I picked up your books (Automatic Millionaire & Start Late, Finish Rich) at Scotiabank (and registered for your upcoming seminar) because I realize I need a new strategy to transition from debt elimination to investment and retirement planning.

What has also surprised me is that I have a "Latte Factor" - I eat out several times a week for lunch. I feel I have to, it's not practical for me "bag it" as I often do "working lunches" and . . . I'm edgy when I don't eat. Here's what I did: I bought an "Entertainment Book" coupon book to support my kid's school and I discovered that there are coupons for "2 for 1" meals at dozens of restaurants near my work. When I discovered this, I convinced several of my colleagues also to buy the books and now when we eat out, we split the bill - both splitting the cost in half! I've gone from spending ~$40 / week to spending ~$20!

Thanks David!

- Martin Z.

November 11 2005
Hi David!

I was at your seminar Nov. 9/05 in Calgary Alberta and among the first 5 people to meet you after your presentation. I started by saving a dollar a day in February of this year. I called it my buck a day program. This was to prove to myself that I could actually save and more importantly had the money to initiate saving, something I've never believed I've had. Soon after I was quickly saving three dollars a day.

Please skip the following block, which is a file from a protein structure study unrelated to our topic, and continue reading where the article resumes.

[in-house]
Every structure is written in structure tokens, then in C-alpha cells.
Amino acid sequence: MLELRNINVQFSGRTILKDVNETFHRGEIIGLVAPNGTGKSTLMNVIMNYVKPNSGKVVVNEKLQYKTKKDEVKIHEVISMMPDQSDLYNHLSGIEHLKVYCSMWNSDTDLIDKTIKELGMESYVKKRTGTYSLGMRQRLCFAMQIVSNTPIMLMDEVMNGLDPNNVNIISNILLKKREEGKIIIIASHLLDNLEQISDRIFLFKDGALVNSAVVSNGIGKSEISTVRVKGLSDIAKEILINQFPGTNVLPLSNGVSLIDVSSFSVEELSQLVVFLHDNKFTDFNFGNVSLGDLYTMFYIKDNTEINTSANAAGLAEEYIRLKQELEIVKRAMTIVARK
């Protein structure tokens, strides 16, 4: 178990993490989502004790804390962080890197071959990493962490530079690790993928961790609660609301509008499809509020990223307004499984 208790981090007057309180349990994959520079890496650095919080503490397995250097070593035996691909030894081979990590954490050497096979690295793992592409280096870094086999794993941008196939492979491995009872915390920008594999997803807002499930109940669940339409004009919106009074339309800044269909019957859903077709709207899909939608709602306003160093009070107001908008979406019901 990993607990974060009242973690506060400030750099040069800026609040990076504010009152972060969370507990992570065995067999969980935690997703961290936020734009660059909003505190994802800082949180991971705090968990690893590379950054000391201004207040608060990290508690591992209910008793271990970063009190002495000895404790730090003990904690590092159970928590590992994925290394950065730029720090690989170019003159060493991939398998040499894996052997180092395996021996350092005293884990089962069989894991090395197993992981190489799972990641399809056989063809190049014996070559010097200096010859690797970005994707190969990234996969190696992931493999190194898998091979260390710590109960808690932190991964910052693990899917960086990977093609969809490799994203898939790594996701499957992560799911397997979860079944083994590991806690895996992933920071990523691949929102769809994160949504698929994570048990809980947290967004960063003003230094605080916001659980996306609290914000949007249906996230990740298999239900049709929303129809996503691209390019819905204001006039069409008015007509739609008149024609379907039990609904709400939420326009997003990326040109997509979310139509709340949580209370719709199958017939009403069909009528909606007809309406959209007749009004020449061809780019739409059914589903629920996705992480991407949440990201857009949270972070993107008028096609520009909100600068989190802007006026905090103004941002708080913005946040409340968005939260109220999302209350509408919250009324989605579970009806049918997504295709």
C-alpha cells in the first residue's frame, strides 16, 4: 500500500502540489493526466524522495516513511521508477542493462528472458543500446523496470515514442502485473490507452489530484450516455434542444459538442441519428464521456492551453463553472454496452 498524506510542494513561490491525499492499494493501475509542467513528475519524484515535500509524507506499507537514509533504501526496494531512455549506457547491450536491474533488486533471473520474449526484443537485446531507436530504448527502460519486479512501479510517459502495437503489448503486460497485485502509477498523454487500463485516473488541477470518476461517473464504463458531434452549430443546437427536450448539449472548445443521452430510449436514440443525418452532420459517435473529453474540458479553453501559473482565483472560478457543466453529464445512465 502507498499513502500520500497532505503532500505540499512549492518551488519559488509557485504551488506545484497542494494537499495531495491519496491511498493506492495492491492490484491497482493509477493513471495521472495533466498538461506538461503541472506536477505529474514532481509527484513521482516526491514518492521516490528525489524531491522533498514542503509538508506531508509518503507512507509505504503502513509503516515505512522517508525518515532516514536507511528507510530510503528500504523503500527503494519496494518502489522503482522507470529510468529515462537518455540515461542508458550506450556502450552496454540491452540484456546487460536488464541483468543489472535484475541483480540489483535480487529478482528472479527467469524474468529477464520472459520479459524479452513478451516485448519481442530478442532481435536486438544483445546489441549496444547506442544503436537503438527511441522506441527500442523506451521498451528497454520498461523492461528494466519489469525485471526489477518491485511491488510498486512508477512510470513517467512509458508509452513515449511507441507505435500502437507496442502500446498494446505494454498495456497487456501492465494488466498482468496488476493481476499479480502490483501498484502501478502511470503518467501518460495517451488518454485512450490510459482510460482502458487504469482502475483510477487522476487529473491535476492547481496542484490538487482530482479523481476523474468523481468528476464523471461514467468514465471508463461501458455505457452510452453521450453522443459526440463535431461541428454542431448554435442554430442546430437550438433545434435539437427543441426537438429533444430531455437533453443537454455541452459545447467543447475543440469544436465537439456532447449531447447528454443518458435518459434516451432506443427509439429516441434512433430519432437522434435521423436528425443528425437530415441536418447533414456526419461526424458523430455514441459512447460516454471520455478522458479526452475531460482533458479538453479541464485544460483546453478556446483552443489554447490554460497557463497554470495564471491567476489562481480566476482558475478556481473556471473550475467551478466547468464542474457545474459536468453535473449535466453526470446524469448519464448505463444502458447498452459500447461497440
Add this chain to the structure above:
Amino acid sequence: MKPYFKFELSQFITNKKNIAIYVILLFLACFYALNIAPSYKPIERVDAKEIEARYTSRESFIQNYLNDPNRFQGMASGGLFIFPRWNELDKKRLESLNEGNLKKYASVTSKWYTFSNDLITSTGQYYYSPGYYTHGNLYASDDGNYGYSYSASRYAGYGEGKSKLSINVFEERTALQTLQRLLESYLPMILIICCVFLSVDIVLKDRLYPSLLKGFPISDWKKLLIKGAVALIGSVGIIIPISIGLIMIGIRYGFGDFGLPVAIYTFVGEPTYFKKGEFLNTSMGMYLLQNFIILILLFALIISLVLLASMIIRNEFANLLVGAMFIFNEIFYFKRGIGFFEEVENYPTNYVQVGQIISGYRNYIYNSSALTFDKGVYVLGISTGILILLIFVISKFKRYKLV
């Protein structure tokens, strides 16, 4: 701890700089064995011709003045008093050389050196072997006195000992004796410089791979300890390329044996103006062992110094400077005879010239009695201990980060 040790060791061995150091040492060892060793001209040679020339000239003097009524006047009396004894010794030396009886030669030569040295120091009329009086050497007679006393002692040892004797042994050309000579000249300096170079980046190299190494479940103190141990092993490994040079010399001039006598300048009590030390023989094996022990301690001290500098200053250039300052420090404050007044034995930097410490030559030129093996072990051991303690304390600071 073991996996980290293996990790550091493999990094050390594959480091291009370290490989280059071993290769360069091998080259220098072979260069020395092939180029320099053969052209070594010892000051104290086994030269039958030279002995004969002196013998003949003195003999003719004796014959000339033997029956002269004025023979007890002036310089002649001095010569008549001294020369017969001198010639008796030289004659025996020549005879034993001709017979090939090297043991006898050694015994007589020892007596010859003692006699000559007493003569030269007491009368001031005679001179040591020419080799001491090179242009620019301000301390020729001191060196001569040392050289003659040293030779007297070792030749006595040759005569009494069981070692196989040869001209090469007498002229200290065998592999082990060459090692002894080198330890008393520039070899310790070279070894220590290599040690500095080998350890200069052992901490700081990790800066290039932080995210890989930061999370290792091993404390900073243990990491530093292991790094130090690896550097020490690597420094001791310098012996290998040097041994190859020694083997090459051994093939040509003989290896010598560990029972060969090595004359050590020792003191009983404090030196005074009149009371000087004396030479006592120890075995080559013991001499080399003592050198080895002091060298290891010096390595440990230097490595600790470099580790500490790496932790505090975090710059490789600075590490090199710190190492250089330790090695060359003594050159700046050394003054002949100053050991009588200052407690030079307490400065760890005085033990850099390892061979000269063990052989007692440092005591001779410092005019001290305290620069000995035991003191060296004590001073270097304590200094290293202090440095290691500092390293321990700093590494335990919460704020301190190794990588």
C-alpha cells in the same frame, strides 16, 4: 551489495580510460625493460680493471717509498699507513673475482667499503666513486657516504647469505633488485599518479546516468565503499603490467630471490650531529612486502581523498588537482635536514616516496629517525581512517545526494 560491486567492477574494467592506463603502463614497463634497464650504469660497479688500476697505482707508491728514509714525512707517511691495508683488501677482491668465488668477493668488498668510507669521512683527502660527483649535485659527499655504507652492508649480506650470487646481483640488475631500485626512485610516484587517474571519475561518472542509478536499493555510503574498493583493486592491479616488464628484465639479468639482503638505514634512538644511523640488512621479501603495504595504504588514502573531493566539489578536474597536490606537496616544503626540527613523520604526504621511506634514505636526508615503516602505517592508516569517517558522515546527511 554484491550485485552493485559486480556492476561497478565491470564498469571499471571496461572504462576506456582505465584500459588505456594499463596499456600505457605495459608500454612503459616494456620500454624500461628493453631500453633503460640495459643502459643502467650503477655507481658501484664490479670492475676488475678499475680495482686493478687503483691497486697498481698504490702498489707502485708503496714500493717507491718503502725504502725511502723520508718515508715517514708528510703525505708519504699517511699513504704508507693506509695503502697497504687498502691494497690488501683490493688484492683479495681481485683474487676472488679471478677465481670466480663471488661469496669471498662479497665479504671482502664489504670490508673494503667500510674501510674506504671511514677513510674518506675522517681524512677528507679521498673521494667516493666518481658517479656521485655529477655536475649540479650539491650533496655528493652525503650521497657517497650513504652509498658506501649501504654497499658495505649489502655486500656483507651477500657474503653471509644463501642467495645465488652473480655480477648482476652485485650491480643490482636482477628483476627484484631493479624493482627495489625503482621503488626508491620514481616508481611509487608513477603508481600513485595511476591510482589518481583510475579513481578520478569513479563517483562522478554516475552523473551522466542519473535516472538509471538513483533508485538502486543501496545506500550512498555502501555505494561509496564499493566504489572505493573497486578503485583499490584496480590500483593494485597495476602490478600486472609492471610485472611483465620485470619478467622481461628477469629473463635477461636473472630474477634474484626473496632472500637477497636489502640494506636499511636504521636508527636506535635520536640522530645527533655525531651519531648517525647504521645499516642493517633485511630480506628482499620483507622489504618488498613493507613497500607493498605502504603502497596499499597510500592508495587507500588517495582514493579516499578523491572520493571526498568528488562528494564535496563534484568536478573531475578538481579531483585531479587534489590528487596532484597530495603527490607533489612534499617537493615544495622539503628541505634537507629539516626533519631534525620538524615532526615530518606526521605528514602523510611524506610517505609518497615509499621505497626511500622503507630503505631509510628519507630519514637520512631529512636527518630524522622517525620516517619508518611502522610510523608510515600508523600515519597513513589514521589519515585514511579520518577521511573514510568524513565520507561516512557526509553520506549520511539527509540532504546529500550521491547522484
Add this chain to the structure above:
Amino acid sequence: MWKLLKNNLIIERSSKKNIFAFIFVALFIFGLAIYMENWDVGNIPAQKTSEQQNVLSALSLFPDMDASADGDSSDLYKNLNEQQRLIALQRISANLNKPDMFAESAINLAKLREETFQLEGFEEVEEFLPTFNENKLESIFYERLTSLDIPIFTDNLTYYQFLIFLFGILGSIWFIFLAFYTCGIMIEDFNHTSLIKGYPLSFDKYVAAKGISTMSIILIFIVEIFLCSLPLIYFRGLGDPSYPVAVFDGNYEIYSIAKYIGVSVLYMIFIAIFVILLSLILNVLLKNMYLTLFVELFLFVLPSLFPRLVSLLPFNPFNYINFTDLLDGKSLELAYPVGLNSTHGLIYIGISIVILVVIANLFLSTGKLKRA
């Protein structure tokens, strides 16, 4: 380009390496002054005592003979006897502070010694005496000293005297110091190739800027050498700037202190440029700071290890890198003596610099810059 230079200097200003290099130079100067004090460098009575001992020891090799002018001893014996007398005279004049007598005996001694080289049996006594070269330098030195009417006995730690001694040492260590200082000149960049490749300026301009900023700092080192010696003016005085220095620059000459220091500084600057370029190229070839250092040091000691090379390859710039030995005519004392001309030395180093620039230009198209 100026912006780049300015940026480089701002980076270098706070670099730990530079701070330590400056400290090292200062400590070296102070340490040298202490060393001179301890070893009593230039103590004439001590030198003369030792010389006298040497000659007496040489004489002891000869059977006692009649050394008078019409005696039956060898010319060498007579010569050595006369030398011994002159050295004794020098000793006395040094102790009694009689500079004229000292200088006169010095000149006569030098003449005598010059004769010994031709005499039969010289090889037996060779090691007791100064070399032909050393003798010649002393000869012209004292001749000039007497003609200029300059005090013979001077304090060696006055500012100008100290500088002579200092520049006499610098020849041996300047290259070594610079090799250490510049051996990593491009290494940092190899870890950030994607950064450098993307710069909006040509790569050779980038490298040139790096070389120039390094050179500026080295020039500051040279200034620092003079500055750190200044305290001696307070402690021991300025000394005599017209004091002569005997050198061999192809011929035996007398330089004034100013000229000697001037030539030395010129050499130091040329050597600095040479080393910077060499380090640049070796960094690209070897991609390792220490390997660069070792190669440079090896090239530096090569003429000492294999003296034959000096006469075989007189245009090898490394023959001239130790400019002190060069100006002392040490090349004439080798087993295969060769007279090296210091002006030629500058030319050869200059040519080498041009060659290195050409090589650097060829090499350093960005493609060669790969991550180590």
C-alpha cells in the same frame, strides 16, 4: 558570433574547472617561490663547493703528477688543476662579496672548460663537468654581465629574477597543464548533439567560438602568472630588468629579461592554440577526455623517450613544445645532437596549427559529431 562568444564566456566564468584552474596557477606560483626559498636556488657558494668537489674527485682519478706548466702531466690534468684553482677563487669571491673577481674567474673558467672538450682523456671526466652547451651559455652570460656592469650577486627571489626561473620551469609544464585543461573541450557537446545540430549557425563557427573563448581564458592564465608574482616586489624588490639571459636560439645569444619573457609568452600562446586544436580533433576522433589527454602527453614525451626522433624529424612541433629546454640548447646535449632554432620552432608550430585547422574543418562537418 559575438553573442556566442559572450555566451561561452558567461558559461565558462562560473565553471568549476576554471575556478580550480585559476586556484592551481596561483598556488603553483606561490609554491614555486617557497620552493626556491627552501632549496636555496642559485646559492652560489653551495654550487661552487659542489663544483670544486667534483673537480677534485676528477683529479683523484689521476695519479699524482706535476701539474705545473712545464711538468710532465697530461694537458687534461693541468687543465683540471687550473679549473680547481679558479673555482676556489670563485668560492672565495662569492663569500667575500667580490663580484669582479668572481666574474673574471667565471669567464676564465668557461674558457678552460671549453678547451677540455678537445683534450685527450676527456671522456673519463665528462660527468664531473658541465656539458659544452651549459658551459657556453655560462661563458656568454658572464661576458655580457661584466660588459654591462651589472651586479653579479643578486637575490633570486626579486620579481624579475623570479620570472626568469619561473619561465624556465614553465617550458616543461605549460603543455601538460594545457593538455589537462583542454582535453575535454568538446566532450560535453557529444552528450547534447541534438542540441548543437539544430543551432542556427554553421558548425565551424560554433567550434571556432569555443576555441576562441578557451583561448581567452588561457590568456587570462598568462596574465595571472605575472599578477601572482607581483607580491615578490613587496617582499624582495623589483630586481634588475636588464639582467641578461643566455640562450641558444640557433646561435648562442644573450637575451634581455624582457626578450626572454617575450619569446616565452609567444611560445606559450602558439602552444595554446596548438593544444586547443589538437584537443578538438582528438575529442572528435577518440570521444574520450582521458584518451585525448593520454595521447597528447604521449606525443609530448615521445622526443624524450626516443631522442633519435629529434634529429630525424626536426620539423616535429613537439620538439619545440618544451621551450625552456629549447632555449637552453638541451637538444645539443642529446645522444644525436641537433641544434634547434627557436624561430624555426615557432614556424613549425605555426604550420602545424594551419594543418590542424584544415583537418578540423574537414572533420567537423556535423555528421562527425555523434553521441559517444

Then I figured in my latte factor and the amount I was saving jumped substantially. I am now about to turbo charge my latte factor with some trimming of useless spending that I'm finding in things I can do without.

As I told you I am now saving into an rrsp more than 16% of my biweekly take home pay while reducing my debtload!! When I told you that the look on your face and the high five you gave me really made it clear to me what I've accomplished. Thank you for that!! I've started late but I'm going to Finish Rich!!

I mentioned that a 'tax expert' that day of the seminar had advised me that rrsp's were a bad vehicle for my money and I'd be taxed heavily on withdrawal. Thanks for your comments about that. It just occurred to me that the 'tax expert' and her husband are in their early fifties and working at 3 jobs to support their living in a RENTED unit in a run down 4-plex. Guess that says it all.

Thank you again for making available all of this valuable information, it's making a huge difference in my life!

Best regards,

- John K.

November 4 2005